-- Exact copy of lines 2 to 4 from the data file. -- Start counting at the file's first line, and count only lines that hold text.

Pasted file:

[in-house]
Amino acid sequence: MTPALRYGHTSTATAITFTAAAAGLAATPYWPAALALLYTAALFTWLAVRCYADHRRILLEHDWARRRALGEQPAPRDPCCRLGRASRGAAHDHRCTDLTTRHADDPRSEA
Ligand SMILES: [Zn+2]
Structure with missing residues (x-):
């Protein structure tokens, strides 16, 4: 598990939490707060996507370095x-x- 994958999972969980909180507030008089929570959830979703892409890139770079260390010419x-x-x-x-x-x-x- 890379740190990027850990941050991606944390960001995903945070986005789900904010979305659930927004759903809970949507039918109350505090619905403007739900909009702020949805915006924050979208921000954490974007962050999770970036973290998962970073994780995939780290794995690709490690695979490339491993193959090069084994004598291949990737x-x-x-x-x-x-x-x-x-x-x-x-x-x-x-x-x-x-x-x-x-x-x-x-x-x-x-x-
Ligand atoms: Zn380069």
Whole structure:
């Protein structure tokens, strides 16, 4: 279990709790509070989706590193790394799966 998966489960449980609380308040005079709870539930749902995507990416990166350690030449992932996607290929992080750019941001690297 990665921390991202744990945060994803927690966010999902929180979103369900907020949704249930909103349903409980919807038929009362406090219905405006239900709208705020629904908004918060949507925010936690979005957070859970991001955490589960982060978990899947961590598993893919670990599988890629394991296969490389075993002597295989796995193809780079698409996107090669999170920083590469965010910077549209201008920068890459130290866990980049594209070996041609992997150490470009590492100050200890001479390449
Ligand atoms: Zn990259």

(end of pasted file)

Amino acid sequence: MTPALRYGHTSTATAITFTAAAAGLAATPYWPAALALLYTAALFTWLAVRCYADHRRILLEHDWARRRALGEQPAPRDPCCRLGRASRGAAHDHRCTDLTTRHADDPRSEA
Ligand SMILES: [Zn+2]
Structure with missing residues (x-):